An Artist Considers Levels in Matter

by Gertrude Myrrh Reagan

Published in Leonardo, July 1990, Vol. 23 No.1

ABSTRACT  The idea that particles make atoms, atoms make molecules,and molecules make visible matter—matter that lives and thinks-is basic to a scientific understanding of the universe. While working with hexagons and pondering this hierarchy, the author discovered two surprising circular arrangements of these levels that may shed light on how we think when using these concepts.


The hexagon is one of the basic patterns in nature on flat surfaces. Put three hexagons together, and their 120˚ angles add up to 360˚: they tile a plane. That hexagons are used so little in art and architecture is not surprising, for joining three 120˚ angles requires greater accuracy in drawing and carpentering than joining four 90˚ angles [1]. This underused motif had great appeal to me because I enjoy diagonal lines [2].

I had the desire to work on a large scale, but I had little storage space. Using hexagons, I could work in modules. The size of the hexagon I chose was 18-in across in the longest direction. If hexagons were rendered on cloth, I reasoned, they would be as trouble-free as quilts to store or transport. Batik was the medium I used in the first two works, Potpourri (Fig. 1) and Animal, Vegetable, Mineral (Fig. 2). I devised several ways to control the hot wax resist to do fine, controlled work. Fiber-reactive dyes on cotton were my materials, delicate Indonesian wax pens were my tools. On the third work, Conjecture (Fig. 3), where the hexagons were slightly larger, I devised a way to do the drawing in oil-base printer's ink. Just as paper can be laid on a uniformly inked surface and the drawing can be done with a stylus on the top (back) side of the paper, I discovered that stretched cloth can be similarly used. Next, I batiked the background.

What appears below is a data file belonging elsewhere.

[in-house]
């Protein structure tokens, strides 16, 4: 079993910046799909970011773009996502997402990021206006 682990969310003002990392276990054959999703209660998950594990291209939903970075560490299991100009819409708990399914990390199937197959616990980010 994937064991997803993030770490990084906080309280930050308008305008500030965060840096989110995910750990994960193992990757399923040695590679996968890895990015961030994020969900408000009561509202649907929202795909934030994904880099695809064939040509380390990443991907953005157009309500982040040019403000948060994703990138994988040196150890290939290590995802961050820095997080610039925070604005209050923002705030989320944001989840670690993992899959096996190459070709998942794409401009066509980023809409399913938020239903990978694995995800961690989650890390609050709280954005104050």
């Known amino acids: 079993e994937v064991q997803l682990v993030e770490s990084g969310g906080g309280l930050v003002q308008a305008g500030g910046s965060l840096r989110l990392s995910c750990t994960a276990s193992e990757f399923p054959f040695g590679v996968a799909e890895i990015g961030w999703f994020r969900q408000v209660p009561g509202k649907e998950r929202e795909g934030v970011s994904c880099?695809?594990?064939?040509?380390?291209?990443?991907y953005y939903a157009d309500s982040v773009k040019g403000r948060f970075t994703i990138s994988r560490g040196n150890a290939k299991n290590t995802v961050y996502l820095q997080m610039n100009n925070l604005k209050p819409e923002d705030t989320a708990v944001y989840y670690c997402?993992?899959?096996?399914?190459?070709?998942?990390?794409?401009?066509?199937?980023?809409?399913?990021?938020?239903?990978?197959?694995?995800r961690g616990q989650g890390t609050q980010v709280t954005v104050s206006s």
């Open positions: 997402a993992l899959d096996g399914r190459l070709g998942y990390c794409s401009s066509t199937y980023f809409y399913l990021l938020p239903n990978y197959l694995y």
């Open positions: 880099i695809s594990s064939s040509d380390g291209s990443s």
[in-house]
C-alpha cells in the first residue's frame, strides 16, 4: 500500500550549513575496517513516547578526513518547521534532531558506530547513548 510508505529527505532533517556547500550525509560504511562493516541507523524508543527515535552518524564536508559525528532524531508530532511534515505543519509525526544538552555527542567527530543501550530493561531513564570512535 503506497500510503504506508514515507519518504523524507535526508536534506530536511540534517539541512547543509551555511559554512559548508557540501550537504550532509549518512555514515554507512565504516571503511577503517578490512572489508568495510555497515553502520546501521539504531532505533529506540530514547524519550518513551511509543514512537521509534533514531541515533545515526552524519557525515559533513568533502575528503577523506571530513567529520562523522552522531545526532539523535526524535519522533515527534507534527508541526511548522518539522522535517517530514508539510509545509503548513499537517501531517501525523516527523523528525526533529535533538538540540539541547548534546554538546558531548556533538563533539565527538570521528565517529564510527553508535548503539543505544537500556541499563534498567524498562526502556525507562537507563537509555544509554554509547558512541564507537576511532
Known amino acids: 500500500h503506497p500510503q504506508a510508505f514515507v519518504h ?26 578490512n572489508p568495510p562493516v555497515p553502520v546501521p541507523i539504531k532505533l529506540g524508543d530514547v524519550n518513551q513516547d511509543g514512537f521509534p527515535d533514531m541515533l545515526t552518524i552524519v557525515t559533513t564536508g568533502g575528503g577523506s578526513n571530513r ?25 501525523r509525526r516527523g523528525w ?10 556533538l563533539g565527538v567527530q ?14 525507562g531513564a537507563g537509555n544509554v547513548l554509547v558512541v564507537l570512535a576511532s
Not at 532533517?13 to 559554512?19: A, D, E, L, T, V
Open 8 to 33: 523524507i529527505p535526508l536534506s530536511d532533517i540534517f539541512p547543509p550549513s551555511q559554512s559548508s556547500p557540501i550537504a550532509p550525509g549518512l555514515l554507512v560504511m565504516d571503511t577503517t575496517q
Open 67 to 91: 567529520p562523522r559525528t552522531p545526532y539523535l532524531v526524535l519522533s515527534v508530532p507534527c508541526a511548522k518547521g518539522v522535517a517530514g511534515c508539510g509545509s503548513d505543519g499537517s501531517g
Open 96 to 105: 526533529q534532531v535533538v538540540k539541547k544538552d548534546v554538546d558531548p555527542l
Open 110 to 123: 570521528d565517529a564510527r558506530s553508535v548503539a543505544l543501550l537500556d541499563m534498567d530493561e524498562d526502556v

Fig. 1. Potpourri, quilted batik, 72-in triangle, 1973.

Potpourri was quilted in the traditional way. In the other two hangings, each hexagon had a backing and was stuffed with two layers of polyester felt to give it the substance needed for a wall hanging.

My specialty as an artist is representational drawing, but photography has taken over many of the functions of this kind of art. The strategy of many artists has been to invent abstractions. Mine has been to find abstractions in nature to represent, and to place them in new contexts. In so doing, I have learned to observe nature and human artifacts in a fundamental way, looking for patterns and pondering the reasons for them.

Sensitized, I began encountering six-sidedness everywhere. Many shapes were perfectly regular hexagons, but some of the interesting ones were not. I decided to include these in my collection of patterns. As the collection increased in number, my task became that of selecting from a wealth of motifs. Whereas in the first hanging, Potpourri, I used everything from a tortoise shell to a manhole cover design, the second large batik, Animal, Vegetable, Mineral, contained only natural objects.